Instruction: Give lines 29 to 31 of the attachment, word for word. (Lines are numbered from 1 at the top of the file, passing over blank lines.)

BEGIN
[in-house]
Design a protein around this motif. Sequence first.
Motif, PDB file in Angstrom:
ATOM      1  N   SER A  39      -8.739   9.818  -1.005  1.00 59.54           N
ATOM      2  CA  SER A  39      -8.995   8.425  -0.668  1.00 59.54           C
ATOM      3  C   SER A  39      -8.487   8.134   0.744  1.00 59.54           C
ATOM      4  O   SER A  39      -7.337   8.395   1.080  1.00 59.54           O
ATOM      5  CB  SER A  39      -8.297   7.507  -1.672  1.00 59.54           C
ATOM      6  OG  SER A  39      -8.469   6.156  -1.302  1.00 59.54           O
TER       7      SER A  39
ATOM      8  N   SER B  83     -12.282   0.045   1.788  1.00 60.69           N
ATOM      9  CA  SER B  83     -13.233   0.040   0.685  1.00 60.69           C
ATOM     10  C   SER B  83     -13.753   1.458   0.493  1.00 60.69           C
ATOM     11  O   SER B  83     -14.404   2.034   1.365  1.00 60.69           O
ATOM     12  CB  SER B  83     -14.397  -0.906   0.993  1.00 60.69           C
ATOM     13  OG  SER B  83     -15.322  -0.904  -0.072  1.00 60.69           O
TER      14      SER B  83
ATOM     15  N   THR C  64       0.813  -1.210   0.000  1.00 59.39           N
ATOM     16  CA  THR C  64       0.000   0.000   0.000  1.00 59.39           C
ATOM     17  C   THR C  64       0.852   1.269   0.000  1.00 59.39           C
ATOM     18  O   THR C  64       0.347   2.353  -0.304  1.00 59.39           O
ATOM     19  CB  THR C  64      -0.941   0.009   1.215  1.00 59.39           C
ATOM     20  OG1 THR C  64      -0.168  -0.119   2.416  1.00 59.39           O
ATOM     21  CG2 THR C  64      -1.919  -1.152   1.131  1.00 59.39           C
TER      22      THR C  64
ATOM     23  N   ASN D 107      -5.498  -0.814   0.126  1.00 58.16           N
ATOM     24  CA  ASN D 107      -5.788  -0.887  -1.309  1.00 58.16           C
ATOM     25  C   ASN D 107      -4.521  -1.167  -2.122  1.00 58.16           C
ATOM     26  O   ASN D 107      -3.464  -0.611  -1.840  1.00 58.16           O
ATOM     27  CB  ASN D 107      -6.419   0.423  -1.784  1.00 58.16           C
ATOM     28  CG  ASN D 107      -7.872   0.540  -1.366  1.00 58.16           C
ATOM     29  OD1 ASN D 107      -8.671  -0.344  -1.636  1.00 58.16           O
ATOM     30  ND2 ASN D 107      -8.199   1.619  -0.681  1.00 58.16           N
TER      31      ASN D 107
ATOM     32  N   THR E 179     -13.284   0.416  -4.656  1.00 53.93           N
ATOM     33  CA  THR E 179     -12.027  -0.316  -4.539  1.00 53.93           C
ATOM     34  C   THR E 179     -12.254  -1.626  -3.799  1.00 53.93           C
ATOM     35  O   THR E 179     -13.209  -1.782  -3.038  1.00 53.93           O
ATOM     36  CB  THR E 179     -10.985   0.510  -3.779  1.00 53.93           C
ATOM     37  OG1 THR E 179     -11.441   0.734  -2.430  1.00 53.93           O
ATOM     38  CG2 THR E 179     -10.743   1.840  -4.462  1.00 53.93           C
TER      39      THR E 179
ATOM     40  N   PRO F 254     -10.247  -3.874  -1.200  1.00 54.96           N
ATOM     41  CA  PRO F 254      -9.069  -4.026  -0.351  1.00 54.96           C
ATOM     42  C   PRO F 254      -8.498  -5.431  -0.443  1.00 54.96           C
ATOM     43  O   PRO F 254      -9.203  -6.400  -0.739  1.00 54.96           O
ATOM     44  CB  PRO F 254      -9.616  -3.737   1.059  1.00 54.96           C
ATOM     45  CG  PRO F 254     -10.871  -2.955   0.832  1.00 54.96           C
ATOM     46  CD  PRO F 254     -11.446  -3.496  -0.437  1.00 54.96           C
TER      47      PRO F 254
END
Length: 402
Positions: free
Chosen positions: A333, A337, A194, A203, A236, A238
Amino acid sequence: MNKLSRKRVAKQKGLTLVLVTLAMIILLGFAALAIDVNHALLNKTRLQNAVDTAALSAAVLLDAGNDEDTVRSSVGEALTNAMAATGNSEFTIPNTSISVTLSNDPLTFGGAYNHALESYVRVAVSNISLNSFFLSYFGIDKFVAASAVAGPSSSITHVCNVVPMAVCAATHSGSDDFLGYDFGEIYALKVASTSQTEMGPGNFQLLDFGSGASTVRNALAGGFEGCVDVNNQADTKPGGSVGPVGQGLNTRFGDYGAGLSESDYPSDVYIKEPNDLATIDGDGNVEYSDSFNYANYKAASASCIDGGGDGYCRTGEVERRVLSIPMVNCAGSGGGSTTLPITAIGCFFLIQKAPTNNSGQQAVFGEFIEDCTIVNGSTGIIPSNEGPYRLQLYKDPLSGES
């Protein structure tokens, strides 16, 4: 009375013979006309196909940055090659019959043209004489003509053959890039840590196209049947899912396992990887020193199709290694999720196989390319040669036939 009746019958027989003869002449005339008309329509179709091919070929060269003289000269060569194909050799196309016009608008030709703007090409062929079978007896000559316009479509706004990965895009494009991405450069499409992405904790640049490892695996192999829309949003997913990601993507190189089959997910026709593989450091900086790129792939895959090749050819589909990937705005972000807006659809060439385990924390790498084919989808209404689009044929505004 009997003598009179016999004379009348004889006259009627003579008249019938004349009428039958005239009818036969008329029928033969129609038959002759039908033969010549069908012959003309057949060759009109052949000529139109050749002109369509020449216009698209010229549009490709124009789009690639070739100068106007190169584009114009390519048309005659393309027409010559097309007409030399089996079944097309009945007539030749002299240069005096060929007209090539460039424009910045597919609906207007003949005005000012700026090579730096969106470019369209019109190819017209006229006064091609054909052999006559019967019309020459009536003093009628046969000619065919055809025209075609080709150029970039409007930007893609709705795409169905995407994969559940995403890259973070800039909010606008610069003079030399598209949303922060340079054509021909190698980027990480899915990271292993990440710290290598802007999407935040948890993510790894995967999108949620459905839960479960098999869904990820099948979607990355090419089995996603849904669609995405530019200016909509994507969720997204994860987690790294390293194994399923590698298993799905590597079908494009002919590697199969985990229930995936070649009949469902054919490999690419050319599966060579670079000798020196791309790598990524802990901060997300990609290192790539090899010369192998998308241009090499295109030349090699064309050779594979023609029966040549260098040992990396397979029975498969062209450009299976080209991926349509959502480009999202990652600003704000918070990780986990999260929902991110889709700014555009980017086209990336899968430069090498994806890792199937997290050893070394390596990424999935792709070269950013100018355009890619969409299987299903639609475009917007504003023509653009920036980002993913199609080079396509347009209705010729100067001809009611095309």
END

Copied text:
ATOM     26  O   ASN D 107      -3.464  -0.611  -1.840  1.00 58.16           O
ATOM     27  CB  ASN D 107      -6.419   0.423  -1.784  1.00 58.16           C
ATOM     28  CG  ASN D 107      -7.872   0.540  -1.366  1.00 58.16           C